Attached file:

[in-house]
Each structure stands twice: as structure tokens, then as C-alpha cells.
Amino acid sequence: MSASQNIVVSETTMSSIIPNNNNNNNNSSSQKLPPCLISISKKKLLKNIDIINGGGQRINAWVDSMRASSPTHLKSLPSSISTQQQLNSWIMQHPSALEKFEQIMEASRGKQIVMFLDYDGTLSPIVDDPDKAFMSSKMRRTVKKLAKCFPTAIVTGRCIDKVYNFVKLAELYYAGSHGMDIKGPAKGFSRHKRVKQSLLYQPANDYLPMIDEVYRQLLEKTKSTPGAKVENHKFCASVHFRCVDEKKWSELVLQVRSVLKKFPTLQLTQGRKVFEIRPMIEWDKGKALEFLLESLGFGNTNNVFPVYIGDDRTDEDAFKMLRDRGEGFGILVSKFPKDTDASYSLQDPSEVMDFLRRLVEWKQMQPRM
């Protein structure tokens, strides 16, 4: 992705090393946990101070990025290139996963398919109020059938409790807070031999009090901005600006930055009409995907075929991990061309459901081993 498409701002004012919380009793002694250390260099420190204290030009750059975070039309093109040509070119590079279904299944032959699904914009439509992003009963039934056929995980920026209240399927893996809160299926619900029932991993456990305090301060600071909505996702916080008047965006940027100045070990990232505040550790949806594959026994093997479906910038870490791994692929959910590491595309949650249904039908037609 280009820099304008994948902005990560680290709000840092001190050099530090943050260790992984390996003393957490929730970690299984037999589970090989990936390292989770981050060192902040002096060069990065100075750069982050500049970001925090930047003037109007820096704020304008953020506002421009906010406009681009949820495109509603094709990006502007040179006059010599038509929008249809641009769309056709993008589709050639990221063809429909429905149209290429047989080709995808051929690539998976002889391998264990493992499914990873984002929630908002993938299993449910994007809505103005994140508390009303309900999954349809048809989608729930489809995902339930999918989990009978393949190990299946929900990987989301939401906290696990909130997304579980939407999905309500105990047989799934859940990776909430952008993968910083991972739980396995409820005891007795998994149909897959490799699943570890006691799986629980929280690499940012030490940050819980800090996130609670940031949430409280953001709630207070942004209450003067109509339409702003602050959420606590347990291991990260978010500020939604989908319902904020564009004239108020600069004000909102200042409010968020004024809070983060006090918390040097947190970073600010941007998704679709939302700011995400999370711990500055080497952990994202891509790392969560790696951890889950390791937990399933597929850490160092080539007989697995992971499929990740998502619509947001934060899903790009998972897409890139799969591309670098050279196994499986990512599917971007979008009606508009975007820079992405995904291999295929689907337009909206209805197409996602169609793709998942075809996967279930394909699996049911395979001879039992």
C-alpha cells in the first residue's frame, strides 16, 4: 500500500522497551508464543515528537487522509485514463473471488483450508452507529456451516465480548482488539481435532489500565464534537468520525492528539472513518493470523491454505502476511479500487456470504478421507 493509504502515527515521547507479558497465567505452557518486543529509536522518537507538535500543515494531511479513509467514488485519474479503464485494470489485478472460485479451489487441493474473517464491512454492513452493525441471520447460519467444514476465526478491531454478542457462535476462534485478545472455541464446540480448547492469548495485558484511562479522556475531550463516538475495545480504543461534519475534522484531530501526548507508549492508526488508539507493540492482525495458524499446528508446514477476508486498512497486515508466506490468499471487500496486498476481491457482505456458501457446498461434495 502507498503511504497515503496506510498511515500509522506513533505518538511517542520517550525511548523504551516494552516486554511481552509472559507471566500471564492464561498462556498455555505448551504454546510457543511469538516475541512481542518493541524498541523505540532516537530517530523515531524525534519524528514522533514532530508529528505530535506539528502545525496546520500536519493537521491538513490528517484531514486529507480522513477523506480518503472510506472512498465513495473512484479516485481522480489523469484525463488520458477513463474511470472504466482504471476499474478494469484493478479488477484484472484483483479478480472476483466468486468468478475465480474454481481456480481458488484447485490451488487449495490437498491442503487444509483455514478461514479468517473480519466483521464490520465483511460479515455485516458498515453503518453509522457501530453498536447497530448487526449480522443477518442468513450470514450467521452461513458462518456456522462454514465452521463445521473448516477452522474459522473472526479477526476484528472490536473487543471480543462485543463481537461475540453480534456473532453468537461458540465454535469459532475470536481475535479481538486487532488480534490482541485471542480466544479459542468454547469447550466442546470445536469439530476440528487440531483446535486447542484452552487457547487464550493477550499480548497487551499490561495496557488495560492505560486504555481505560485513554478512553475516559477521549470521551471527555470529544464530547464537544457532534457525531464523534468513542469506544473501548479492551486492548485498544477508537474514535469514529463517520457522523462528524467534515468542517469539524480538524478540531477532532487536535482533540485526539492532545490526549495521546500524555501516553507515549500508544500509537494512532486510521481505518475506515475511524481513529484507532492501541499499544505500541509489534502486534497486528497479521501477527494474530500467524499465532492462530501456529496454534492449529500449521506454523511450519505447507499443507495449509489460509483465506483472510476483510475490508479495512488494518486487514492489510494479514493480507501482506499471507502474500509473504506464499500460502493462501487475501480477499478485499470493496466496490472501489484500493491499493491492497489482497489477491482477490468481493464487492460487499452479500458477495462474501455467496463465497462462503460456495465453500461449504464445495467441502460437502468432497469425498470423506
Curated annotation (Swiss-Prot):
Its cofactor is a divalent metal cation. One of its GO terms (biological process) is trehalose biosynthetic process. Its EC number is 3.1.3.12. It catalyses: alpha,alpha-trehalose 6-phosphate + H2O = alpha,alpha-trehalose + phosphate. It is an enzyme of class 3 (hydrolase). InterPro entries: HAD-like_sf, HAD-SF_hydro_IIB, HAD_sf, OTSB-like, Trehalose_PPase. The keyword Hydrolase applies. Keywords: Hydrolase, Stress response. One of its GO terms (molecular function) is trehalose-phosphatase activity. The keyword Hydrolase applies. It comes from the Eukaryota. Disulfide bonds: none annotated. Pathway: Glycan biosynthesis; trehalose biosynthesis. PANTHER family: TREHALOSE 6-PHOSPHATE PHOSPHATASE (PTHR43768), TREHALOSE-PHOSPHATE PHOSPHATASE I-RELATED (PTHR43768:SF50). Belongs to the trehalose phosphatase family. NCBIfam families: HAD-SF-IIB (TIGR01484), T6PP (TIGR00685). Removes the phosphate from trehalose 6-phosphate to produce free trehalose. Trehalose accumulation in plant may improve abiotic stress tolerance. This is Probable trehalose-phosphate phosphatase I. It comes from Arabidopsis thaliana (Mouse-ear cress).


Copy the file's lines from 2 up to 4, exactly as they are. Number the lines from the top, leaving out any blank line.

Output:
Each structure stands twice: as structure tokens, then as C-alpha cells.
Amino acid sequence: MSASQNIVVSETTMSSIIPNNNNNNNNSSSQKLPPCLISISKKKLLKNIDIINGGGQRINAWVDSMRASSPTHLKSLPSSISTQQQLNSWIMQHPSALEKFEQIMEASRGKQIVMFLDYDGTLSPIVDDPDKAFMSSKMRRTVKKLAKCFPTAIVTGRCIDKVYNFVKLAELYYAGSHGMDIKGPAKGFSRHKRVKQSLLYQPANDYLPMIDEVYRQLLEKTKSTPGAKVENHKFCASVHFRCVDEKKWSELVLQVRSVLKKFPTLQLTQGRKVFEIRPMIEWDKGKALEFLLESLGFGNTNNVFPVYIGDDRTDEDAFKMLRDRGEGFGILVSKFPKDTDASYSLQDPSEVMDFLRRLVEWKQMQPRM
């Protein structure tokens, strides 16, 4: 992705090393946990101070990025290139996963398919109020059938409790807070031999009090901005600006930055009409995907075929991990061309459901081993 498409701002004012919380009793002694250390260099420190204290030009750059975070039309093109040509070119590079279904299944032959699904914009439509992003009963039934056929995980920026209240399927893996809160299926619900029932991993456990305090301060600071909505996702916080008047965006940027100045070990990232505040550790949806594959026994093997479906910038870490791994692929959910590491595309949650249904039908037609 280009820099304008994948902005990560680290709000840092001190050099530090943050260790992984390996003393957490929730970690299984037999589970090989990936390292989770981050060192902040002096060069990065100075750069982050500049970001925090930047003037109007820096704020304008953020506002421009906010406009681009949820495109509603094709990006502007040179006059010599038509929008249809641009769309056709993008589709050639990221063809429909429905149209290429047989080709995808051929690539998976002889391998264990493992499914990873984002929630908002993938299993449910994007809505103005994140508390009303309900999954349809048809989608729930489809995902339930999918989990009978393949190990299946929900990987989301939401906290696990909130997304579980939407999905309500105990047989799934859940990776909430952008993968910083991972739980396995409820005891007795998994149909897959490799699943570890006691799986629980929280690499940012030490940050819980800090996130609670940031949430409280953001709630207070942004209450003067109509339409702003602050959420606590347990291991990260978010500020939604989908319902904020564009004239108020600069004000909102200042409010968020004024809070983060006090918390040097947190970073600010941007998704679709939302700011995400999370711990500055080497952990994202891509790392969560790696951890889950390791937990399933597929850490160092080539007989697995992971499929990740998502619509947001934060899903790009998972897409890139799969591309670098050279196994499986990512599917971007979008009606508009975007820079992405995904291999295929689907337009909206209805197409996602169609793709998942075809996967279930394909699996049911395979001879039992």